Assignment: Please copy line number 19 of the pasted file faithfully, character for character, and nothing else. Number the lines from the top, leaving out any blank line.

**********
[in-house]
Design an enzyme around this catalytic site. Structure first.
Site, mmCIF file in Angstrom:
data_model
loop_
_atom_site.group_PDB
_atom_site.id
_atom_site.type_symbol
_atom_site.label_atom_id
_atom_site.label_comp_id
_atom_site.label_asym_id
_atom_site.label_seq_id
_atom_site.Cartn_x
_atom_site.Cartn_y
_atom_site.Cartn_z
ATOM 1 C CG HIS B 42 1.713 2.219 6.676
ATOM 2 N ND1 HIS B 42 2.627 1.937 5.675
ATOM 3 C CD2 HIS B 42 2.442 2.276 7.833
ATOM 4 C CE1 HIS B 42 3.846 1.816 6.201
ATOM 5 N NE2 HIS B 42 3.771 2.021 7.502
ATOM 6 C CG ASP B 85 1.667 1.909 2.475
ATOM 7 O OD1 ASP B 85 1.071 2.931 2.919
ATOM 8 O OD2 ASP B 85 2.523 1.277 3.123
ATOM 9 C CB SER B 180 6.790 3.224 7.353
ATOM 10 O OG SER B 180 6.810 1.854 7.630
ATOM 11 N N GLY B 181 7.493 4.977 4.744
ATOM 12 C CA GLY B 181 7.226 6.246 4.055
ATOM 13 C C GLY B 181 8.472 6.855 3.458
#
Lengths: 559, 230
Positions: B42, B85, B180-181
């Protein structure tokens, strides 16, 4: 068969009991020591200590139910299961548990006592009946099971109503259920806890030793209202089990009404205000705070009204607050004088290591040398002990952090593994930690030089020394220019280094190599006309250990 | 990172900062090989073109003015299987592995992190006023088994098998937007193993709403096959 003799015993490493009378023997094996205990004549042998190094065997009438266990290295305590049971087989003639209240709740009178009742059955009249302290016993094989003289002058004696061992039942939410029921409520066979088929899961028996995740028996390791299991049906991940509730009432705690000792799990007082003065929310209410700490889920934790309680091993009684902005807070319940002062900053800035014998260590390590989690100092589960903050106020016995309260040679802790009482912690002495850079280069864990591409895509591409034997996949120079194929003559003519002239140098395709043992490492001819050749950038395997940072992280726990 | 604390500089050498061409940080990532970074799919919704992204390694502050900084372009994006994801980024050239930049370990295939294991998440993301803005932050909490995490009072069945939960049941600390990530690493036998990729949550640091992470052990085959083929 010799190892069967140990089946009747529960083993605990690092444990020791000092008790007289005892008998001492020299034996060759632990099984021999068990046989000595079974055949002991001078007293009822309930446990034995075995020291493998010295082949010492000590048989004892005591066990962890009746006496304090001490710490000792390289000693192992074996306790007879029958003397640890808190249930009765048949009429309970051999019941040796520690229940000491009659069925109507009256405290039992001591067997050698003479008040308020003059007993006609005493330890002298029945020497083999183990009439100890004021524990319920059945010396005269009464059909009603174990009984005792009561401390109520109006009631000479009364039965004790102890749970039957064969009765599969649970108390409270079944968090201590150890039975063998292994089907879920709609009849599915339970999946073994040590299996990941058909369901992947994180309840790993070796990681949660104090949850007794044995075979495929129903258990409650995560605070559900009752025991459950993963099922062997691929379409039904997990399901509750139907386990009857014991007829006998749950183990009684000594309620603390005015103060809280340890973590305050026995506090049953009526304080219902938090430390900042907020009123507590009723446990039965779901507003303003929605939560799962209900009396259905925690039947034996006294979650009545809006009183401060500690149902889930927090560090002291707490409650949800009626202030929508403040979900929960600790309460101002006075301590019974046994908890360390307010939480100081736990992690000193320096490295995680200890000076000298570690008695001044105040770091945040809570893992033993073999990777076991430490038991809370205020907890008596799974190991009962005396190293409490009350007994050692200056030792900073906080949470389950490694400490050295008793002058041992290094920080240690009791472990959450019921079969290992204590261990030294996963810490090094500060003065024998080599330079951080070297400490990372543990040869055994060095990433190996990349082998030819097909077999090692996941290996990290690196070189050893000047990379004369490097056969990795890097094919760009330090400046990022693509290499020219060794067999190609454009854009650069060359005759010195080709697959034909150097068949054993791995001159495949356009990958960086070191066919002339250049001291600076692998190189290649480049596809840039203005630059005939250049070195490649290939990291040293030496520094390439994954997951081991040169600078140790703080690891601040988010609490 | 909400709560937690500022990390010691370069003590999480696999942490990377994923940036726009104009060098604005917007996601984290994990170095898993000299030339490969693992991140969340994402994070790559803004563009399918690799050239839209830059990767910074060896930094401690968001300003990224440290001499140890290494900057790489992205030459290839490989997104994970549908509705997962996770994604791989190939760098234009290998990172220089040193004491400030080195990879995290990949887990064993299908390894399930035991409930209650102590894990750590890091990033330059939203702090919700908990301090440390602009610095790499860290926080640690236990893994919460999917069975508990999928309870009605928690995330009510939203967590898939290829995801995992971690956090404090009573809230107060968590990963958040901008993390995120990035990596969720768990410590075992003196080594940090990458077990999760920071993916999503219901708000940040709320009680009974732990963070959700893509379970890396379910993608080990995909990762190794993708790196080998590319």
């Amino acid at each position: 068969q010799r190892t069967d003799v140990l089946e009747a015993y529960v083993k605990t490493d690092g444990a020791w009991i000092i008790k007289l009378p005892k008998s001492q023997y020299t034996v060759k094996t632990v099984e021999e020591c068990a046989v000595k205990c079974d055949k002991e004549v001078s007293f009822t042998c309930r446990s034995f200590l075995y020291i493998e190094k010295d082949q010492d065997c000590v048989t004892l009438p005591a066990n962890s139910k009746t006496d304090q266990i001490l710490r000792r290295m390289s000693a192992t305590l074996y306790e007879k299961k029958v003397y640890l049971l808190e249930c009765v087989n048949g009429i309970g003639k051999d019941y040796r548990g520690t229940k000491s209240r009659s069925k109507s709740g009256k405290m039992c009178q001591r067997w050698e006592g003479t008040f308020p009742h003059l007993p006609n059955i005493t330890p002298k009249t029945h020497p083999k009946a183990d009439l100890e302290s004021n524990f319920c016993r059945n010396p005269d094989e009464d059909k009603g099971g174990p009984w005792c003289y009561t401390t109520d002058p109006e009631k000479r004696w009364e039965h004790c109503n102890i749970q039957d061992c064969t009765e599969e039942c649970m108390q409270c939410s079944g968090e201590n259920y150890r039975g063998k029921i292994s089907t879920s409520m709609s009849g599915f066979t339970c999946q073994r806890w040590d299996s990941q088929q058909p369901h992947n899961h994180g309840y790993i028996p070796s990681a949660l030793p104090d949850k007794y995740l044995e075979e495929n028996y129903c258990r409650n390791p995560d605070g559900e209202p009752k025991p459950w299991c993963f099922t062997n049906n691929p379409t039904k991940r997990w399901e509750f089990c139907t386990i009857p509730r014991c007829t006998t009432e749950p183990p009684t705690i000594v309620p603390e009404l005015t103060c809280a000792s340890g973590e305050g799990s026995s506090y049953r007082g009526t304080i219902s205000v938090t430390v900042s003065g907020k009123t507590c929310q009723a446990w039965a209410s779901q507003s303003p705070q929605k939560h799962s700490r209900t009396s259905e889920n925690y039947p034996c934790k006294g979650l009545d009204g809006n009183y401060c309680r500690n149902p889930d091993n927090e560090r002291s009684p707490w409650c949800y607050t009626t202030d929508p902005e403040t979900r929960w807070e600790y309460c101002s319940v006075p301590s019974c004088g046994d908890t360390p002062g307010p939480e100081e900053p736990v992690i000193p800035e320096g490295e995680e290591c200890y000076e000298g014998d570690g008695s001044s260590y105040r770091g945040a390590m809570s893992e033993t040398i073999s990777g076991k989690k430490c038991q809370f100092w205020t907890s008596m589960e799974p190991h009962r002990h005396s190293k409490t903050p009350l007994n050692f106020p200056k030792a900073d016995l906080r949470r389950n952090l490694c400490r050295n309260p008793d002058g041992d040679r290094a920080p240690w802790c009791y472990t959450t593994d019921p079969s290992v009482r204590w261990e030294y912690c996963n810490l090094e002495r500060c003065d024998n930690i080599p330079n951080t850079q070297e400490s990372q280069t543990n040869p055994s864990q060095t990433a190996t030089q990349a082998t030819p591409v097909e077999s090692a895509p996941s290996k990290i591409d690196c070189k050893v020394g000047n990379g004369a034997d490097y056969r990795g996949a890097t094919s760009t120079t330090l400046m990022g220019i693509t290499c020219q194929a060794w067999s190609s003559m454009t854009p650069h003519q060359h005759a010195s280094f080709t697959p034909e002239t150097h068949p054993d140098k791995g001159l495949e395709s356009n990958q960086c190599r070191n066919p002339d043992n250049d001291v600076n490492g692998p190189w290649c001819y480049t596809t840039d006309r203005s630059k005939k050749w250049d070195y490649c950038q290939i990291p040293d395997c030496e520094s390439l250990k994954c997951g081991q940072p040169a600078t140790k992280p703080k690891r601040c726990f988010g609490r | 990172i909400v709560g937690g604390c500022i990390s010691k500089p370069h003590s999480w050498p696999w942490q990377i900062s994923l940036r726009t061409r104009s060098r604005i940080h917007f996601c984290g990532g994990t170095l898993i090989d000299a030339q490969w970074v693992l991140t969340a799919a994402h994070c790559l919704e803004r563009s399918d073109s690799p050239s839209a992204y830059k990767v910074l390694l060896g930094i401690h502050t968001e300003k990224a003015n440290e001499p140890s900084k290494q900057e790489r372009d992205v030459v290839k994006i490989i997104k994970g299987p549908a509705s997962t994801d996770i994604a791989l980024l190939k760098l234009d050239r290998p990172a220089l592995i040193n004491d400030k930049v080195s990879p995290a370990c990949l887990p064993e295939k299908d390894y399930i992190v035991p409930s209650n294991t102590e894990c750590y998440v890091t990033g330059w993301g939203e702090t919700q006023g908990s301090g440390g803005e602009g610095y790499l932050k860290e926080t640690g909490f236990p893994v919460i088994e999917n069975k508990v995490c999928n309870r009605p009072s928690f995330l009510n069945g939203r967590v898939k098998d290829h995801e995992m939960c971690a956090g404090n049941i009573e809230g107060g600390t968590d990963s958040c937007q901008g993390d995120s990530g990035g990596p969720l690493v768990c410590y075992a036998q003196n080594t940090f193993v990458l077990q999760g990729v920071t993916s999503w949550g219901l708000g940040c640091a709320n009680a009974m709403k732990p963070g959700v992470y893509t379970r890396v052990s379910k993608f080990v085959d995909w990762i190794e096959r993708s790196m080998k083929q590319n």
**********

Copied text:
ATOM 4 C CE1 HIS B 42 3.846 1.816 6.201